DTN Midday Grain Comments 08/04 11:19
Grains Mostly Higher at Midday
Soybeans lead trade higher at midday.
By David Fiala
DTN Contributing Analyst
The U.S. stock markets are mostly flat with the Dow down 5 points. The
interest rate products are higher. The dollar index is 10 points higher.
Energies are lower with crude oil up $0.90. Livestock trade is mixed. Precious
metals are higher with gold up $1.
Corn trade is 2 to 4 cents higher at midday with trade finding some short
covering and light commercial buying overnight. If trade can hold the early
week lows, a range should emerge ahead of next week's WASDE report. Weather
remains non-threatening in the near term, and crop progress showed slight
improvement at 70% good to excellent, and 9% poor to very poor, 90% silking vs.
89% on average, and 29% in the dough vs. 31% on average. Ethanol margins are
receiving a boost from the bounce in energy values. Chart direction remains
down, but we have been more sideways in recent days. On the December chart corn
resistance is in the $3.90 area where we find the 10-day moving average.
Support is at the $3.74 1/2 low printed yesterday then the $3.62 1/2 contract
Soybean trade is 7 to 12 cents higher at midday with good buying surfacing
this morning. Meal is $2 to $3 higher, and oil is 20 to 30 points higher. The
weekly crop progress report showed a slight improvement in conditions at 63%
good to excellent, and 11% poor to very poor, blooming at 84%, 1% ahead of
average, setting pods was 54%, 5% ahead of average. Good weather can add
soybean yield well into September so forecasts should continue to be the most
important market directional indicator in the near term, especially with pod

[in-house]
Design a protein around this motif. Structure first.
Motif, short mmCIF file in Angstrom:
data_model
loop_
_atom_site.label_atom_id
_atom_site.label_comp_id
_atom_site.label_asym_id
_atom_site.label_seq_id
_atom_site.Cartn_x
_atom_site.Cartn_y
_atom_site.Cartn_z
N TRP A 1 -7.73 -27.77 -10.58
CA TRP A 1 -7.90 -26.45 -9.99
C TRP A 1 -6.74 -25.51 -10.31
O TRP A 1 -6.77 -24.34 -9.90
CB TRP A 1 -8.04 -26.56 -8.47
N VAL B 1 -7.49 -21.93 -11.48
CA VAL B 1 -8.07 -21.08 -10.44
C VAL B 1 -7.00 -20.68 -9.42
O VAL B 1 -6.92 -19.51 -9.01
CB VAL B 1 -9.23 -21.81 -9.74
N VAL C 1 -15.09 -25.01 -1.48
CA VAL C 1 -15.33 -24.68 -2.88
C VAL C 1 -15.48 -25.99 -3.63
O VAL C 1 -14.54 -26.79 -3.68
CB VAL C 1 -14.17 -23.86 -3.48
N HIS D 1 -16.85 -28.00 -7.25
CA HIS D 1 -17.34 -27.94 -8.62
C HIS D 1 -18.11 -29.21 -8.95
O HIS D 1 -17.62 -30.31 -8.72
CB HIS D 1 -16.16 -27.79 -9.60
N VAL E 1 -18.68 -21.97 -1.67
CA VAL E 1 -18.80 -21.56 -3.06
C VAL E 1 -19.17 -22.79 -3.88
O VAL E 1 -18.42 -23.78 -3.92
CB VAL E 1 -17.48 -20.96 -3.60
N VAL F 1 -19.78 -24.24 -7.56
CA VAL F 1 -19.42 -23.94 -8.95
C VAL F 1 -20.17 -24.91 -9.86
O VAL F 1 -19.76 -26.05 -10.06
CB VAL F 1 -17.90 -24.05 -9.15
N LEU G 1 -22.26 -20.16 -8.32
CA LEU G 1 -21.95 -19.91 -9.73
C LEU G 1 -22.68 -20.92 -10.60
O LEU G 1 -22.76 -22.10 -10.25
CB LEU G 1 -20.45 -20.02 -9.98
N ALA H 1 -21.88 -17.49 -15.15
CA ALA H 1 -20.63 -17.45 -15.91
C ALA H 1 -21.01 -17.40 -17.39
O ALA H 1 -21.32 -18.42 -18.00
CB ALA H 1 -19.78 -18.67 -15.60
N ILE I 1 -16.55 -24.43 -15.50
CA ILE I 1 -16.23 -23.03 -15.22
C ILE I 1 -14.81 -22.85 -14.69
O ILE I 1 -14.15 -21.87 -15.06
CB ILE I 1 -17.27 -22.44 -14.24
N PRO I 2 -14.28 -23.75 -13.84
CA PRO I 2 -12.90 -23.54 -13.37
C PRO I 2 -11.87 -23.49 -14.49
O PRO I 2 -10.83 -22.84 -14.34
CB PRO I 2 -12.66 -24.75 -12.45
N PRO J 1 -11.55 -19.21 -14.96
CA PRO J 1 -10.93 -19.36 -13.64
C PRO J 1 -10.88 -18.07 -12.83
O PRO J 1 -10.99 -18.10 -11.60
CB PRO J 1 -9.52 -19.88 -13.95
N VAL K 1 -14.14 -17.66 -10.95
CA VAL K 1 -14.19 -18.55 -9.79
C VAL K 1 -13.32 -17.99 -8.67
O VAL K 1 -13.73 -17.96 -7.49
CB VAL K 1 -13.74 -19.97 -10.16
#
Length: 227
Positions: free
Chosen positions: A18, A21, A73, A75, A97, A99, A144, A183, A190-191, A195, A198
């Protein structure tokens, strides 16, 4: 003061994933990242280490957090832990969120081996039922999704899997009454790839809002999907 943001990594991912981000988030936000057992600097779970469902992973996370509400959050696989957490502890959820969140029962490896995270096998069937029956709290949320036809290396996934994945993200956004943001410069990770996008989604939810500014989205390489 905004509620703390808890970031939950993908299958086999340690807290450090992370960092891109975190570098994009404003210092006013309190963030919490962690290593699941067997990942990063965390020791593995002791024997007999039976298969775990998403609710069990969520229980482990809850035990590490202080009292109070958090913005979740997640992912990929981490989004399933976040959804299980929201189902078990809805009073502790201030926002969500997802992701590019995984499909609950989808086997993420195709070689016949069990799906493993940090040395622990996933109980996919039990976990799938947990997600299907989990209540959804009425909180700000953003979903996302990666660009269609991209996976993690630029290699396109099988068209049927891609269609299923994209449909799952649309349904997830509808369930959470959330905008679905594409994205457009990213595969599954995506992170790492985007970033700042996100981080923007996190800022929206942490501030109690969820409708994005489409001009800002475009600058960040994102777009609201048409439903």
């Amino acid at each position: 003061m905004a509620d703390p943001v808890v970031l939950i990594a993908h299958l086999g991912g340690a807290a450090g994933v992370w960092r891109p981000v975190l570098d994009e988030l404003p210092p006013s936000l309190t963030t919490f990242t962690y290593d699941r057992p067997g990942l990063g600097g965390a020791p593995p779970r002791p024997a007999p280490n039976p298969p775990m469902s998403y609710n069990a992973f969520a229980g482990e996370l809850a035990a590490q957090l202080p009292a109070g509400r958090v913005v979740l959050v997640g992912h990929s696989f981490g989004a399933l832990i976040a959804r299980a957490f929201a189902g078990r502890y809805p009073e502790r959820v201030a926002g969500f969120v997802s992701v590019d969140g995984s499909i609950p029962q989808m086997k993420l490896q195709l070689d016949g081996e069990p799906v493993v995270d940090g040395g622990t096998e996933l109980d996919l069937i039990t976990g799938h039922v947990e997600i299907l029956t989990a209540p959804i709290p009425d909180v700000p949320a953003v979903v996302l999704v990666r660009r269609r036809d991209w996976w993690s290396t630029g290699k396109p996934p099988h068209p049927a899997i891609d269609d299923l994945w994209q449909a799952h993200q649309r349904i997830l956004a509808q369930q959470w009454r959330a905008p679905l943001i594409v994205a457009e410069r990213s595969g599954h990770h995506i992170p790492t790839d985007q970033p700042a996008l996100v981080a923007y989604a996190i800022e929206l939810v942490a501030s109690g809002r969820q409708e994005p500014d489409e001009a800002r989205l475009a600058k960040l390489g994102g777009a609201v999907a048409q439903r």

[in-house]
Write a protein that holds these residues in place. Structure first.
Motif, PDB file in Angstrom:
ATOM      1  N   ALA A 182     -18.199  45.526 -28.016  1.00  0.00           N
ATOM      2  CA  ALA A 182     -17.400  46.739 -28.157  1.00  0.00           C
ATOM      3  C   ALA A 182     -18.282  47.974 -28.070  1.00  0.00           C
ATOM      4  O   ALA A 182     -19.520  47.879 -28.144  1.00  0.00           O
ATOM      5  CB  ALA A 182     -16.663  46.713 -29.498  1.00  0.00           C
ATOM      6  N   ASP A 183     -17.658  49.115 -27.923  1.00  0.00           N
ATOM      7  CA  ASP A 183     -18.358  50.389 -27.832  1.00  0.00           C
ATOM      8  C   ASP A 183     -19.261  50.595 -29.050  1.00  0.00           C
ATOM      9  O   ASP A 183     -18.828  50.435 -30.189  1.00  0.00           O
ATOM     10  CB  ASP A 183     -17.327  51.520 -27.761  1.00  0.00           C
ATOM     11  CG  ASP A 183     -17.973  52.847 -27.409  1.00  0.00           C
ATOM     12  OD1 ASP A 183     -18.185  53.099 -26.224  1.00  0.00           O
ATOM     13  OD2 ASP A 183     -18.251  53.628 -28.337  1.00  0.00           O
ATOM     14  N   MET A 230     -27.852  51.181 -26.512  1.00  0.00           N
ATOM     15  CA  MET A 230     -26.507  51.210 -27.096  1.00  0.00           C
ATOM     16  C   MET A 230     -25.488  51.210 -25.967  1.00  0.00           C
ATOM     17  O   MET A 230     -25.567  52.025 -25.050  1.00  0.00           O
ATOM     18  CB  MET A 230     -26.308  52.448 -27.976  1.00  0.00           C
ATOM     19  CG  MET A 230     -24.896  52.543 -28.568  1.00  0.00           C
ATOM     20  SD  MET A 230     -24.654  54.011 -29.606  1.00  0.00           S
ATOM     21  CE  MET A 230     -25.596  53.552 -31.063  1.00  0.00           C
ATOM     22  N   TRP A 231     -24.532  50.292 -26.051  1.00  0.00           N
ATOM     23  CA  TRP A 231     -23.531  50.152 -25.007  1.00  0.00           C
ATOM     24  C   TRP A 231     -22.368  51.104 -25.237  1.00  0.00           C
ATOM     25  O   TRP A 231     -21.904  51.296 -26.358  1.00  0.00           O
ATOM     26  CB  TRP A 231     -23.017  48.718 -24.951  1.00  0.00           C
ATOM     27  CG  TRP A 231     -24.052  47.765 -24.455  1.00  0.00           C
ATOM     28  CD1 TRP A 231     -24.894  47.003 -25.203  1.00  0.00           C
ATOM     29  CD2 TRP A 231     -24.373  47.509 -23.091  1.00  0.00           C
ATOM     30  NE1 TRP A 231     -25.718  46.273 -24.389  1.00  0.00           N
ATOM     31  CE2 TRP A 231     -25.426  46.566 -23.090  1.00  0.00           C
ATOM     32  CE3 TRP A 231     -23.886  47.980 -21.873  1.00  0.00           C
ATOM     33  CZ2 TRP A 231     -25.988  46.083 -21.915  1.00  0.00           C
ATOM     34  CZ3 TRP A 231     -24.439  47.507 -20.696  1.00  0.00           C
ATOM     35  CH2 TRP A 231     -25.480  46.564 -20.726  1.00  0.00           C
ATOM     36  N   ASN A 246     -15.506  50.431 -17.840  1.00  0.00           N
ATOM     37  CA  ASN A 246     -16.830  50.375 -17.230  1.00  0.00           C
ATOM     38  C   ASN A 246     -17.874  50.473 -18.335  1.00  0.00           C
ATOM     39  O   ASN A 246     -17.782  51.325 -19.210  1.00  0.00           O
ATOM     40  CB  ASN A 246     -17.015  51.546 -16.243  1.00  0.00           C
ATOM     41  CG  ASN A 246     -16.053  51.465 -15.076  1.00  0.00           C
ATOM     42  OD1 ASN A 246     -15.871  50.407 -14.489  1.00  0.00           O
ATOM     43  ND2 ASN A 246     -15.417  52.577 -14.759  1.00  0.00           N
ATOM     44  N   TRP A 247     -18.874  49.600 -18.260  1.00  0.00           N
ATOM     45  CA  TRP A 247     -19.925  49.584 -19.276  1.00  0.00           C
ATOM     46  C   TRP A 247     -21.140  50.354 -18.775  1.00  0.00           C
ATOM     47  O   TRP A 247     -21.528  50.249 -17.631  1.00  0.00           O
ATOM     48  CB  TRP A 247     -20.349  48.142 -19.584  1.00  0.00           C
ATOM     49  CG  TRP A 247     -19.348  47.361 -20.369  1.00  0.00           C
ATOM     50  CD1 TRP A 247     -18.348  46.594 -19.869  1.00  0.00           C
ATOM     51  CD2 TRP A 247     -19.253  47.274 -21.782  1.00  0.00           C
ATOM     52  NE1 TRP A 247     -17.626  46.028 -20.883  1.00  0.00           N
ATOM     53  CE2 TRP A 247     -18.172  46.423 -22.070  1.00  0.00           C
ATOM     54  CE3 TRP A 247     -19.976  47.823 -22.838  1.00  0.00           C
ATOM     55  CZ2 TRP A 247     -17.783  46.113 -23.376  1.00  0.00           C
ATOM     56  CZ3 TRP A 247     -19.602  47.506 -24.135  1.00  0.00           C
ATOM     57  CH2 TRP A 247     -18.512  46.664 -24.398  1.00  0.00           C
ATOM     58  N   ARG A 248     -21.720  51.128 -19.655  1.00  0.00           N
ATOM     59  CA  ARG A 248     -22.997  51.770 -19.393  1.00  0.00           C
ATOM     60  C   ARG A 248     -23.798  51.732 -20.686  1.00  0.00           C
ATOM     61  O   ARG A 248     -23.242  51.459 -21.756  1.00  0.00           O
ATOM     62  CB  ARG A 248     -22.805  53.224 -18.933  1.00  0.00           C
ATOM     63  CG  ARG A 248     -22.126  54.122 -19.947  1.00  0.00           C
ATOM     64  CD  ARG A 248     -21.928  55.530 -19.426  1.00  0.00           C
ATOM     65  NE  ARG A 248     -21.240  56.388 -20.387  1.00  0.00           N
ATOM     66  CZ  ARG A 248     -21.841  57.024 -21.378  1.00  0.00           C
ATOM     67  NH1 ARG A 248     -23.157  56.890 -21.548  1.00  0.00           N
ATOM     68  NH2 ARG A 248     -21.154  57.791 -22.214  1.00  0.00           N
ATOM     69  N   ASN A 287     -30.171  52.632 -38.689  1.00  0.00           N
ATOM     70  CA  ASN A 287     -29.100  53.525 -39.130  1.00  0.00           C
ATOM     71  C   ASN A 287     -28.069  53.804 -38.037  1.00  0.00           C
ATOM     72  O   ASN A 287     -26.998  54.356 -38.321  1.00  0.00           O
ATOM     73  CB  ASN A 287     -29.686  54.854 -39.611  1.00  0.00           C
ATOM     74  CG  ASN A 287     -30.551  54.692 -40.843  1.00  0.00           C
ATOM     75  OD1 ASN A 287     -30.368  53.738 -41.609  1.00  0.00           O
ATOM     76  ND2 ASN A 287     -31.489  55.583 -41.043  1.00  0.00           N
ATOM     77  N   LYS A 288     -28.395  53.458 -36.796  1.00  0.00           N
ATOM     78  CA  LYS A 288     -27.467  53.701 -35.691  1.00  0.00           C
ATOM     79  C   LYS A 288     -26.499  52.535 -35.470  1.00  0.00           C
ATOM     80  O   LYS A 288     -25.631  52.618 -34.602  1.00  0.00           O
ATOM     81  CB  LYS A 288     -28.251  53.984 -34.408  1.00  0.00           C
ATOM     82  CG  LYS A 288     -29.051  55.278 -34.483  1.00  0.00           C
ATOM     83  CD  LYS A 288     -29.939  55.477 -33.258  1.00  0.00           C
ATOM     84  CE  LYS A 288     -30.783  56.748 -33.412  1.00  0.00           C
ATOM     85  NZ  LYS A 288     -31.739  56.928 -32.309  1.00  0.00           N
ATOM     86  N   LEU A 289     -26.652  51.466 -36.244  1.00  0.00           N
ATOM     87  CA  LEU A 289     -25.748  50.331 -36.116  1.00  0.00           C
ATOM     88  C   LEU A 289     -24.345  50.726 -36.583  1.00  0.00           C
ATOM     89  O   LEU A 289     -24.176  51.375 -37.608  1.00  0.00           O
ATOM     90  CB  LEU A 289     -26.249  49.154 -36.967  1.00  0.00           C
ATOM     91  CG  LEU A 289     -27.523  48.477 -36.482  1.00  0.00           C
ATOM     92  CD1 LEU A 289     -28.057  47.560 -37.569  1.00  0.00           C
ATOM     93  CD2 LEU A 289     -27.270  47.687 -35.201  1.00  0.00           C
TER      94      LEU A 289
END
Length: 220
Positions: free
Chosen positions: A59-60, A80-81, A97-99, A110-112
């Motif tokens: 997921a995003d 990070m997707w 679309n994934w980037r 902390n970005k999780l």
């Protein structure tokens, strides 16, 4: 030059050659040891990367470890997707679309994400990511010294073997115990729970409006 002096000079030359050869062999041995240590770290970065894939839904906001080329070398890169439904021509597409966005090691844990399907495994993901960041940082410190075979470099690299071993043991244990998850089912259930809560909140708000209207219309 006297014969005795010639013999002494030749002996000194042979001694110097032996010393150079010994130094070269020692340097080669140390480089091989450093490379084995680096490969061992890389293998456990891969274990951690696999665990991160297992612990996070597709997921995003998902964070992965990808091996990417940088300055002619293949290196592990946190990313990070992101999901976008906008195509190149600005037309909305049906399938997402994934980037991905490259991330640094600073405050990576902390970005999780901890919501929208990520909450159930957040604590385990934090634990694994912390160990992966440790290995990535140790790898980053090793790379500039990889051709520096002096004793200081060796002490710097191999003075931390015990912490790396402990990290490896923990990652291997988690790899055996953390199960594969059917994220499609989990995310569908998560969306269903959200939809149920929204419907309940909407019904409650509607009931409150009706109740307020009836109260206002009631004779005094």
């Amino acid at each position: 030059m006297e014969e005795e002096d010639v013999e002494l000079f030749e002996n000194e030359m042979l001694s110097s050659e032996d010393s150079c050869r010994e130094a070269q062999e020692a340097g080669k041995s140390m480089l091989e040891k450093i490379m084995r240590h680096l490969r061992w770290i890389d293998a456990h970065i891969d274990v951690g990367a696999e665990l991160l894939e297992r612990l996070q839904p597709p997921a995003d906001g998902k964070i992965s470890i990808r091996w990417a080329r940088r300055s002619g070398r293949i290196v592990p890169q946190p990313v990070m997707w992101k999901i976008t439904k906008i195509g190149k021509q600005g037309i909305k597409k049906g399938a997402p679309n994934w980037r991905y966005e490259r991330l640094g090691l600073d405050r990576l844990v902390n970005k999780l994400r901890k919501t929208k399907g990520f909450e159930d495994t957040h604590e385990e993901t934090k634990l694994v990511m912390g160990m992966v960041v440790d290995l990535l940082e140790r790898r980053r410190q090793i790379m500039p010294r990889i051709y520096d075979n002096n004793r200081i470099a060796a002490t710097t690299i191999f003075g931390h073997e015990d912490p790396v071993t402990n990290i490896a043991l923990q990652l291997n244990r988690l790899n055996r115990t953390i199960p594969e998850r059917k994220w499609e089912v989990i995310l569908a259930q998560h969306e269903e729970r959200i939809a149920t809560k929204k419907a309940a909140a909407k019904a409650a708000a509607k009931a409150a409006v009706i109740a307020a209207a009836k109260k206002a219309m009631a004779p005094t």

fill past the halfway point. On the November chart support is the contract lows
at $8.95. Resistance is the 100-day moving average at $9.55.
Wheat trade is flat to 2 cents higher across the three contracts at midday
with support from the firmer row crop trade and the weaker dollar. Exports have
improved the last couple of weeks but world supplies and the strong dollar have
kept the lid on bounces. The weekly crop progress report showed winter wheat
harvest 93% complete vs. 85% on average, Spring wheat was 70% good to
excellent, 7% poor to very poor, and harvest was 8% complete vs. 11% on
average. The rest of the Northern Hemisphere should be picking up harvest on
spring-planted wheat as well which should push exports out of the Black Sea
area. On the September Kansas City wheat chart support is the fresh low at 4.81
with the 10-day moving average resistance at $5.00.
David Fiala is a DTN contributing analyst and the President of FuturesOne
and a registered trading adviser.
David Fiala can be reached at email@example.com
Follow David Fiala on Twitter @davidfiala
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